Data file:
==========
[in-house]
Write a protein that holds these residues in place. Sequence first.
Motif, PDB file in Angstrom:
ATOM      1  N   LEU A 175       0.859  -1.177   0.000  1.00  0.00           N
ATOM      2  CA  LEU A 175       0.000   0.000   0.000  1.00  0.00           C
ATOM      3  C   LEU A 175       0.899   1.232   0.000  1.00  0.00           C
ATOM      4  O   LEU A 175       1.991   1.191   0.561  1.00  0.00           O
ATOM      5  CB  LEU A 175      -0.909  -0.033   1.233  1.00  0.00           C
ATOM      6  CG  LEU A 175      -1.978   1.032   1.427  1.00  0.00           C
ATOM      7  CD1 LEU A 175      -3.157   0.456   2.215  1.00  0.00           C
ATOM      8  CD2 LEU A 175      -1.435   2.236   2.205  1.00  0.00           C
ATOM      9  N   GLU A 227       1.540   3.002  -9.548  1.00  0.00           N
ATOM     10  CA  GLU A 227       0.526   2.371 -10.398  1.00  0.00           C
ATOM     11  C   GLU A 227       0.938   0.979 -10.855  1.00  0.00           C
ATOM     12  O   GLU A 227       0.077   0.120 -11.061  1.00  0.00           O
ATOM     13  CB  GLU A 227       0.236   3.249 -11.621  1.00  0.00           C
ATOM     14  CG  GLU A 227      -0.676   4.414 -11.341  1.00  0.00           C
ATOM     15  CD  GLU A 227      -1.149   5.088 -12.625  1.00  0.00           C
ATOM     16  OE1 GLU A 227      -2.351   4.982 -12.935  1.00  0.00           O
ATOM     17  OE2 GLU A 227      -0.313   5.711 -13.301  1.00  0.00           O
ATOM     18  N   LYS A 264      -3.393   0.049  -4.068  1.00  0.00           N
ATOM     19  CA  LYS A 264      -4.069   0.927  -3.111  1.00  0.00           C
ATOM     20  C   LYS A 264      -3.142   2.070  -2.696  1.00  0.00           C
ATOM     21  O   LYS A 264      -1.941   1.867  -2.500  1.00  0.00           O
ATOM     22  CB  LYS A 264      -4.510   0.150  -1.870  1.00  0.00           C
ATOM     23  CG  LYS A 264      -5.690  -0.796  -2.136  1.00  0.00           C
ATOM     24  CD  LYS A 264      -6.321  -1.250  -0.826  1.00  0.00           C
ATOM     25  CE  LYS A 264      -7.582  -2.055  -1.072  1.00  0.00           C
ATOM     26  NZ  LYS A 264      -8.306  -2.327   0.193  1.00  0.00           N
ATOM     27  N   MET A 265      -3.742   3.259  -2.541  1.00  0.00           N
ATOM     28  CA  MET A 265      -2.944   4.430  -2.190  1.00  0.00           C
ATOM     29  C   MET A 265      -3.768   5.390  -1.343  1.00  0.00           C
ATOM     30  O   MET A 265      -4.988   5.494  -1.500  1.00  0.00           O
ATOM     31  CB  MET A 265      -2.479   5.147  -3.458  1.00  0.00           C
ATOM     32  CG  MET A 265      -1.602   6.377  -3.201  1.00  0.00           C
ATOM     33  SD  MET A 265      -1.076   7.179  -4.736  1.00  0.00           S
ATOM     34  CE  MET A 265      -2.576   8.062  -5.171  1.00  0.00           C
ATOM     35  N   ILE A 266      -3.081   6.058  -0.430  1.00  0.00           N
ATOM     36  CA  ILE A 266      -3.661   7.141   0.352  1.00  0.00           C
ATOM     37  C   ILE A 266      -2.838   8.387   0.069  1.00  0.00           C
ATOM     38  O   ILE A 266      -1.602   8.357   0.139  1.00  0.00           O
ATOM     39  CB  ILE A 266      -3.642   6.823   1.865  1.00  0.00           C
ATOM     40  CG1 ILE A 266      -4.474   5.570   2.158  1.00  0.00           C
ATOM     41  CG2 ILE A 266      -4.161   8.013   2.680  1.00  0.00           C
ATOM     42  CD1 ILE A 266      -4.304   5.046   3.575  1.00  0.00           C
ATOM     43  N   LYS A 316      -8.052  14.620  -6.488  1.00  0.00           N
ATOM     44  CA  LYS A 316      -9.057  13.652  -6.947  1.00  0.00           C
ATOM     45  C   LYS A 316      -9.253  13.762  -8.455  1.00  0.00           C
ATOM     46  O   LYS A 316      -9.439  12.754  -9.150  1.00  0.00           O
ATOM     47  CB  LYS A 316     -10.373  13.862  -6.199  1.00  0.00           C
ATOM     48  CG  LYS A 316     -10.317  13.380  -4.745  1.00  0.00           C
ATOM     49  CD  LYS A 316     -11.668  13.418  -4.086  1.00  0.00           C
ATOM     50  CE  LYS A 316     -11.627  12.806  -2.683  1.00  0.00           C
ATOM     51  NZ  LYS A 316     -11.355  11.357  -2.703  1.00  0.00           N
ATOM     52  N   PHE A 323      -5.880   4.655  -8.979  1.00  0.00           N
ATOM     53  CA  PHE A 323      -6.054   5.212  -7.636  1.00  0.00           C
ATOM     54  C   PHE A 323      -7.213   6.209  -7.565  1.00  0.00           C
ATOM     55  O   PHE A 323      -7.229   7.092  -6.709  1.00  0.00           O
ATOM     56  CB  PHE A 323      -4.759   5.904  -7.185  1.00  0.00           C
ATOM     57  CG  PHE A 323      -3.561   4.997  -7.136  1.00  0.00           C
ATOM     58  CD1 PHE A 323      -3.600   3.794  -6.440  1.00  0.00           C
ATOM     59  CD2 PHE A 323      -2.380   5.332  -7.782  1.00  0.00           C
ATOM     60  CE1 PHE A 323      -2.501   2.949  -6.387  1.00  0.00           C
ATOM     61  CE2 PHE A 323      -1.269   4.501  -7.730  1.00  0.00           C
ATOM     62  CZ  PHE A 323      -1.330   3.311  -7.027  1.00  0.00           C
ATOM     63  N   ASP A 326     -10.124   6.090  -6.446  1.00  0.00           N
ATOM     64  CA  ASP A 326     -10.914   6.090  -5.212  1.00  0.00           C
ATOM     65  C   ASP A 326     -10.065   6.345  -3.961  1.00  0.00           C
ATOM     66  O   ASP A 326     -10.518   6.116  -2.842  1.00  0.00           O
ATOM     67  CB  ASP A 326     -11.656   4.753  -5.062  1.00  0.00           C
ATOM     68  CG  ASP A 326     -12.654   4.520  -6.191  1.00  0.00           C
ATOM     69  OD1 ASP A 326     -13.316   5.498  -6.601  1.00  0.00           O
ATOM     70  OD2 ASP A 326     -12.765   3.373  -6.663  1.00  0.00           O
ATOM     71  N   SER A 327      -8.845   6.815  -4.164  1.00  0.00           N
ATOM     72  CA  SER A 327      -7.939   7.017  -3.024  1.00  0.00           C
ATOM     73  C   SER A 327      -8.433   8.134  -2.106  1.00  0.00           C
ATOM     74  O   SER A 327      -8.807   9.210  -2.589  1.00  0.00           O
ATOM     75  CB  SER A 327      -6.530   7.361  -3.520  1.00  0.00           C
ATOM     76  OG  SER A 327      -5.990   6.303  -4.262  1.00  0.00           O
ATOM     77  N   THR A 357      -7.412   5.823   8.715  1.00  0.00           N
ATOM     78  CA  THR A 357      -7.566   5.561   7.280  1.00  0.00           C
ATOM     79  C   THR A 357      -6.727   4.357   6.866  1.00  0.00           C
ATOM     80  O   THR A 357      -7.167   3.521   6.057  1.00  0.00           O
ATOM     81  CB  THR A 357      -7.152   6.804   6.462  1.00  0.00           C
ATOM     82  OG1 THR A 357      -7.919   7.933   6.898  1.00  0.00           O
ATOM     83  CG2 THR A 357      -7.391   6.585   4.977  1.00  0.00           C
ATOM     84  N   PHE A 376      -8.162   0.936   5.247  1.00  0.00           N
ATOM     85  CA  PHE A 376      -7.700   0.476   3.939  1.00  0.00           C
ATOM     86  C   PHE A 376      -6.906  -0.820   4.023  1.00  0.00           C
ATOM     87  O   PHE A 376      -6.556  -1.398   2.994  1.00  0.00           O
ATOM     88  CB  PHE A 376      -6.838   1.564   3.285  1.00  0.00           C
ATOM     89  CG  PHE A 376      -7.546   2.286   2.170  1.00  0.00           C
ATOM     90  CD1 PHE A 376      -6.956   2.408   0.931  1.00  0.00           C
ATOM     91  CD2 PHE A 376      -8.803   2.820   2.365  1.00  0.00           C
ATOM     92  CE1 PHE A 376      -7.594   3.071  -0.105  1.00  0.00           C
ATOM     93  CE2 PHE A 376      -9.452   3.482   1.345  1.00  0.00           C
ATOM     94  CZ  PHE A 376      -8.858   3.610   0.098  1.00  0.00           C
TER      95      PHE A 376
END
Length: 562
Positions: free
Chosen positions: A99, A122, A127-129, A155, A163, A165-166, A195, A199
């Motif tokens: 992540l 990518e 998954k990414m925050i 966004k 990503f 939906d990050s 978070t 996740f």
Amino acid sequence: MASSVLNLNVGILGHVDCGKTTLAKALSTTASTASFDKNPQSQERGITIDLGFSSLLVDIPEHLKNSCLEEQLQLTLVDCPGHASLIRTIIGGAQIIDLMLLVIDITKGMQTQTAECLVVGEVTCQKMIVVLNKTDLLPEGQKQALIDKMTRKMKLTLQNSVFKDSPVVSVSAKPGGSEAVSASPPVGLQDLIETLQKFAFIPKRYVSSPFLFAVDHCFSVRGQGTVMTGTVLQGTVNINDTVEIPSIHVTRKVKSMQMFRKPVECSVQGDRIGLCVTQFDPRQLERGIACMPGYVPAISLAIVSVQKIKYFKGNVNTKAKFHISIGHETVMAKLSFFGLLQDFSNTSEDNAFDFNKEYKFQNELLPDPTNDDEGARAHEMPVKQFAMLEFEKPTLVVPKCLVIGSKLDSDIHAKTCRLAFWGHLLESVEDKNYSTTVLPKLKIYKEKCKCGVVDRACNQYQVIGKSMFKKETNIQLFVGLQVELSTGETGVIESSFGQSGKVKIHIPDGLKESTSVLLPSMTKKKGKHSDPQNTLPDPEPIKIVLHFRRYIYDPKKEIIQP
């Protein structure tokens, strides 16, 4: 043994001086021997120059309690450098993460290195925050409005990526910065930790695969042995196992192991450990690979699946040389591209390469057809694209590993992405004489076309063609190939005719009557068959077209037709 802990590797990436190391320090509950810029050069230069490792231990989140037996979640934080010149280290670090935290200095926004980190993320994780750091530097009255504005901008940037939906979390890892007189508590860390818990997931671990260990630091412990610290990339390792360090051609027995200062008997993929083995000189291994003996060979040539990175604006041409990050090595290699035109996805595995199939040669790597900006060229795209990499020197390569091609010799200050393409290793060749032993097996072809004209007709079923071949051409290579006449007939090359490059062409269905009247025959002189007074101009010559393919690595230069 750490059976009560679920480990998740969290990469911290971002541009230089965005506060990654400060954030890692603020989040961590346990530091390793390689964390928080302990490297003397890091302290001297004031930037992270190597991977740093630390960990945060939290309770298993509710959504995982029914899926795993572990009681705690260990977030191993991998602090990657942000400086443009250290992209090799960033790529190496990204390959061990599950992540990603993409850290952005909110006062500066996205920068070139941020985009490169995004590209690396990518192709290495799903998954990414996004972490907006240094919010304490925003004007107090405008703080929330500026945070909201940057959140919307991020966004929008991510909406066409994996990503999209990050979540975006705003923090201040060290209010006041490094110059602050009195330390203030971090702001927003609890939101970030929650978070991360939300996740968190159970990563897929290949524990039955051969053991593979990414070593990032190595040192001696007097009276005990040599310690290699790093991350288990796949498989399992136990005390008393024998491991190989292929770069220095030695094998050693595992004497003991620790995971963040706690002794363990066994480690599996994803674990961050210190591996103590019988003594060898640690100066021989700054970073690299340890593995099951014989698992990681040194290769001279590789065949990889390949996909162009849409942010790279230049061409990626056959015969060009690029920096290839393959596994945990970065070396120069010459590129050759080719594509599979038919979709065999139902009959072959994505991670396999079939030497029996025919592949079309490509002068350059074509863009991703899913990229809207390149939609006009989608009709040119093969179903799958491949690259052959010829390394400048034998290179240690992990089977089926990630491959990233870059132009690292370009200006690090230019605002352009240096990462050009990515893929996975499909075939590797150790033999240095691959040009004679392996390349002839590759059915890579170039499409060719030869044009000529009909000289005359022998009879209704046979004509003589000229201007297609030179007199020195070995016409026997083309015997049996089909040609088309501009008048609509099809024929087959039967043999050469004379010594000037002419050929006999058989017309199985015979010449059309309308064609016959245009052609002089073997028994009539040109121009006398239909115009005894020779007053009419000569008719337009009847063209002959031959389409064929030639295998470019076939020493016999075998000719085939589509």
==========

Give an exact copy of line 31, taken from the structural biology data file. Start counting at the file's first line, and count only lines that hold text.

ATOM     28  CA  MET A 265      -2.944   4.430  -2.190  1.00  0.00           C